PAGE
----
A scientist studying photosynthesis illuminated a culture of algae with bright visible light. She then turned out the light and simultaneously began to bubble radioactive CO2 gas into the culture. After 30 minutes, she stopped the reaction and measured the amount of radioactivity inside the cells. What did she find? Explain your answer.

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    There was radioactivity in the cells, because the CO2 is used to synthesize sugar, even in the dark.
    There was no radioactivity in the cells, because light is required to produce sugars from CO2 and water.
    There was no radioactivity inside the cells, because the CO2 is used to produce O2 in the light-dependent reactions. Thus, there was radioactivity in the air above the culture but not in the cells.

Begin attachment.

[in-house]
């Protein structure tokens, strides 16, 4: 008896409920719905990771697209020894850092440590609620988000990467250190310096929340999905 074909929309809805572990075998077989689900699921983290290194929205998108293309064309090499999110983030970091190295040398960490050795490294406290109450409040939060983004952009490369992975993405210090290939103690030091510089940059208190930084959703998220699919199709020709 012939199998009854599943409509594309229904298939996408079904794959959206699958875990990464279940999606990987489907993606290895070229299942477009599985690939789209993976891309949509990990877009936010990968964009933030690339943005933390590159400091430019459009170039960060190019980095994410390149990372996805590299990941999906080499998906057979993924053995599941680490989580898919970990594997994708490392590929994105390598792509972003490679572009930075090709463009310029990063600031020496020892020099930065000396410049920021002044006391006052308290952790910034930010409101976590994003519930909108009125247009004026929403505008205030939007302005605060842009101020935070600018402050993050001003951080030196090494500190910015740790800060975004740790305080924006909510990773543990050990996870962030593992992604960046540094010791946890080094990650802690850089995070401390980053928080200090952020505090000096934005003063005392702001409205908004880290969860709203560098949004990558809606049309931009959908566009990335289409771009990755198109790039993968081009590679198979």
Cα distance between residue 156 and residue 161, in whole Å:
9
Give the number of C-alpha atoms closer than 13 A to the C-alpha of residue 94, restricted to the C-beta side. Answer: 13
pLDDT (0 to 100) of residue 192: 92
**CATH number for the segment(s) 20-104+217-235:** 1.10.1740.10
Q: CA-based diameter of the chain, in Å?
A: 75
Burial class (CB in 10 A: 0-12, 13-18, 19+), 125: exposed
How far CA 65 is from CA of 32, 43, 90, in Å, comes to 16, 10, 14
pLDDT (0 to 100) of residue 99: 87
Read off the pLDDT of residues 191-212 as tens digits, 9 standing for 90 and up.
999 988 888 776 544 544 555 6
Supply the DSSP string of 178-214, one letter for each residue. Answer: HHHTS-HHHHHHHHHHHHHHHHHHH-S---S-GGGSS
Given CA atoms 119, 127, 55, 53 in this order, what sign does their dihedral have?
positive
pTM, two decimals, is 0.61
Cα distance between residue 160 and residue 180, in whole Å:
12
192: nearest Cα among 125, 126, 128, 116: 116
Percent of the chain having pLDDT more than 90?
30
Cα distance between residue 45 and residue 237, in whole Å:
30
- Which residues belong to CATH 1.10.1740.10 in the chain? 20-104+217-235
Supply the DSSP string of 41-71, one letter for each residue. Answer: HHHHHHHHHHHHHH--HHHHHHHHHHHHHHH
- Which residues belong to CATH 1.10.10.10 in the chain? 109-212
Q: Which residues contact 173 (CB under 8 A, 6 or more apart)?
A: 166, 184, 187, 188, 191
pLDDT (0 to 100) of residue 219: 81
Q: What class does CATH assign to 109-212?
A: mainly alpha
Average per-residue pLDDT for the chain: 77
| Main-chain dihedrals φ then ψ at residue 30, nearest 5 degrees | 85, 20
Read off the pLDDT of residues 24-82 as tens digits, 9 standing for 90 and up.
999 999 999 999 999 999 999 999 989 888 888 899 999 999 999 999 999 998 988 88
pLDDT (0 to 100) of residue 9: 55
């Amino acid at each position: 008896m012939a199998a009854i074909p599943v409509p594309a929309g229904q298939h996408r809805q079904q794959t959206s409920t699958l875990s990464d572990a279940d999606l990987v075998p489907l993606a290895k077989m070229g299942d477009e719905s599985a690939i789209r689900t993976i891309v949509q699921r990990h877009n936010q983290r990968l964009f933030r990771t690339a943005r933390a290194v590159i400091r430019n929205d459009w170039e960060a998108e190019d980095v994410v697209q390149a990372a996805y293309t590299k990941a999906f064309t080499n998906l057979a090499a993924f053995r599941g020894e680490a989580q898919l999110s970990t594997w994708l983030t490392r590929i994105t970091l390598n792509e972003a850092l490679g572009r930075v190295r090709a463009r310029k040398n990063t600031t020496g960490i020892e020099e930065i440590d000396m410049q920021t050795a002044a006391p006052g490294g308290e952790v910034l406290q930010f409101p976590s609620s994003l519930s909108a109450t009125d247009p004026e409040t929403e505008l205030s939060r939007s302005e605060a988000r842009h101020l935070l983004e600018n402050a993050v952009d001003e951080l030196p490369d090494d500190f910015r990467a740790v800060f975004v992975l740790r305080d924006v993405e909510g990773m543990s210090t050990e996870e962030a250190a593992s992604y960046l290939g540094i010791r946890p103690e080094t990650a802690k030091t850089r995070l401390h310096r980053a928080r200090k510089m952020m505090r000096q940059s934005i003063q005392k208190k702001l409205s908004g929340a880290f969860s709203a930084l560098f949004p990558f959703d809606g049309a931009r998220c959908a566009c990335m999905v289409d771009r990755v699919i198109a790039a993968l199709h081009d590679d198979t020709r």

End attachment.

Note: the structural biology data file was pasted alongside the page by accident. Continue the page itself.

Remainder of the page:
There was radioactivity inside the cells, because CO2 is used to replace the electrons that were lost by chlorophyll when the lights were turned on.

asked May 30, 2013 in Biology by anonymous
    

1 Answer

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There was radioactivity in the cells, because the CO2 is used to synthesize sugar, even in the dark.
answered May 31, 2013 by Bioshare ~Top Expert~ (34,070 points)

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